It seems that every day there’s at least one post on a major media outlet with the basic narrative that ‘Tua sucks’. But is that fair? Has his play really been that bad that he’s genuinely at risk of being a bust, or has his play been brilliant as his stans would have you believe?
Arguably the most polarising Dolphins player that I can remember, far exceeding the division that raged over Ryan Tannehill, Tua has definitely not lived up to the pre-draft hype. But does he actually suck? Let’s take a deep dive on his first two seasons in Miami.
TUA SUCKS? THE ELEPHANT IN THE ROOM
The hardest part of any evaluation of Tua Tagovailoa’s NFL game is not knowing the extent to which his devastating hip injury has continued to affect his throws. Year 1 it was perfectly understandable that his hip, motion, and throwing power were considerably affected.
The issue with that evaluation is that possibly his best game as a Dolphin came in week 9 of the 2020 season at Arizona where Tua showcased all the reasons Dolphins fans had been so excited to draft him, and tank for him.
However, there is no getting away from the fact that the ‘injury-prone’ tag is one that Tua still carries into year three having once again missed games to injury in 2021. And while that isn’t really in his control, injuries can happen to anyone, not being on the field is a definite negative mark on a franchise QB.
We’ve all by now seen the videos of Tua training in the off-season and the claims that his movement is so much better than last year, and his throw power has increased. But we saw those same posts last off-season and now we need to see results.
The same goes for the viral-videos of deep throws, whether under-thrown or perfect. The same happened last year, and reports from camp were rife of so much more deep passing than in year one. But on the field, the only place any of this matters, it did not materialise.
THE OTHER ELEPHANT IN THE ROOM
There is also no getting away from the fact that the Dolphins offensive line has done Tua no favours whatsoever. PFF ranked the Dolphins pass protection 21st in 2020, and dead last in 2021. However, the Bengals were graded as the 29th-worst OL in 2021 and they went to the Super Bowl under the leadership of Joe Burrow.
In fact the Bengals (27th in 2020, 29th in 2021) and Chargers (30th in 2020, 16th in 2021) both gave their QB’s issues during their early development. But both those teams have been far more vertical in their passing games than the Dolphins have, for whatever reason. While the OL is an issue it is not entirely prohibitive for a good QB to perform.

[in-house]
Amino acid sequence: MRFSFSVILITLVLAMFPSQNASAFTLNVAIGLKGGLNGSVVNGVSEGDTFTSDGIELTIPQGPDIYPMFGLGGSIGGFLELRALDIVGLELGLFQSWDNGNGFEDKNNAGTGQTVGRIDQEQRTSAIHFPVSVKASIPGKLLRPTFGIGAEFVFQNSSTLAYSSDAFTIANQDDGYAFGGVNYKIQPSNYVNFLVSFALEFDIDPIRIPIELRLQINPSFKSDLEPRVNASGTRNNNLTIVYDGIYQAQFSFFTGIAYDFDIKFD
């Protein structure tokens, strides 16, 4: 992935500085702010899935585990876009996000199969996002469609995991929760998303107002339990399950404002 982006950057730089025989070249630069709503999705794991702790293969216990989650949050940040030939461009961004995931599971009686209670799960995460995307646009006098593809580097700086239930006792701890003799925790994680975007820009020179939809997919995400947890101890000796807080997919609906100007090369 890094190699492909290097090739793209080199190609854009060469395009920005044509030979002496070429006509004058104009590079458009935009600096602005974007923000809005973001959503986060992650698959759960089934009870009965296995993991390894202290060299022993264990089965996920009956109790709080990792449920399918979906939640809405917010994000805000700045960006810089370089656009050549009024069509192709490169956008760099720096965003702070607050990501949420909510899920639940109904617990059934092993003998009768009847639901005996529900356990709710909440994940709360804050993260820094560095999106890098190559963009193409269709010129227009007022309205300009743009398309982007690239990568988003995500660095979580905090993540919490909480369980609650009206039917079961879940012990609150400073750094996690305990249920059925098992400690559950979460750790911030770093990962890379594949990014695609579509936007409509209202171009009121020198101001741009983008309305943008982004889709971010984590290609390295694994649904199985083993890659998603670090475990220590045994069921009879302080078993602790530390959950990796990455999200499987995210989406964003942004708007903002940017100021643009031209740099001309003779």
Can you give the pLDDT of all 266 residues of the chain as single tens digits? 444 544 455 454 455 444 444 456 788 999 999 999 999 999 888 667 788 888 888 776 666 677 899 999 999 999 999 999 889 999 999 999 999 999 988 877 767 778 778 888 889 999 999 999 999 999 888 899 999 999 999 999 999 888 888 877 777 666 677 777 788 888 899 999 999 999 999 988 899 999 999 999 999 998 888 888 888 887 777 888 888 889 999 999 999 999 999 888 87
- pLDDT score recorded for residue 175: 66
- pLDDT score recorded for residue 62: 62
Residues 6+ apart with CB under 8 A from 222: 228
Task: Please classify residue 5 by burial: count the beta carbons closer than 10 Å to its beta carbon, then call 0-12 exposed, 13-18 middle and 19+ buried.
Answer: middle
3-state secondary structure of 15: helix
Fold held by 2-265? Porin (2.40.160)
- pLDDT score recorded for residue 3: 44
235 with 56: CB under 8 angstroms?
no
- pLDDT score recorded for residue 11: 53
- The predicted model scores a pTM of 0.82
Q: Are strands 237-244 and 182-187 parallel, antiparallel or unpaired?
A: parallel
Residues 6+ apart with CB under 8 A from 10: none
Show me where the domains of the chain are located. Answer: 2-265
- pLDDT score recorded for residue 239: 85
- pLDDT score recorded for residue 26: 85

TUA SUCKS? TAGOVAILOA PROGRESS: YEAR 1 TO YEAR 2
So what progress have we seen from Tua on the field from year 1 to year 2 to combat the ‘Tua sucks’ narrative?
What we see is actually very consistent performance from year 1 to year 2. In 2021 the receiving options for Tua were better with the addition of Jaylen Waddle. While the Dolphins also added Will Fuller as WR1, Fuller and Tua never saw the field together, so there was literally no consideration of Fuller’s bump in these stats.
We see that Tua’s ADOT actually declined in year 2, thanks in large part to the increased use of the RPO in the Dolphins offence, which also saw a nice bump in his completion percentage.
The concern for me as I have stated in previous articles, notably here, is the lack of big time throws from Tua. This is clearly a subjective category so bear with me. I see BTT’s as throws that make you go WOW. When you see them, you know you have a dude.
An example of one of those throws would be Trevor Lawrence in the Jags win over the Dolphins in London. Igbinoghene has a blanket over Marvin Jones Jr but Lawrence puts the ball in the perfect spot on a rope from 28 yards out. It’s an amazing throw.
Throws I think we have seen too few of from Tua thus far in his career. More on this later when we compare recent rookies.
So there is nothing in these stats, at least for me, that screams bust or franchise QB. They are OK. There’s no great leap from year one to year two, but there were stretches and games, notably the Giants, where there were signs that Tua could be the guy.
But then there were also games, Titans, Saints, the second Jets game, where you still wonder what he is thinking sometimes. This is shown in the jump in turnover worthy play % which is probably the only worrying thing about these stats.
I get that he made all the throws and threw deep in college at Alabama. But NFL football is not college football. The history books are littered with great college QB’s who were spit out rapidly by the NFL.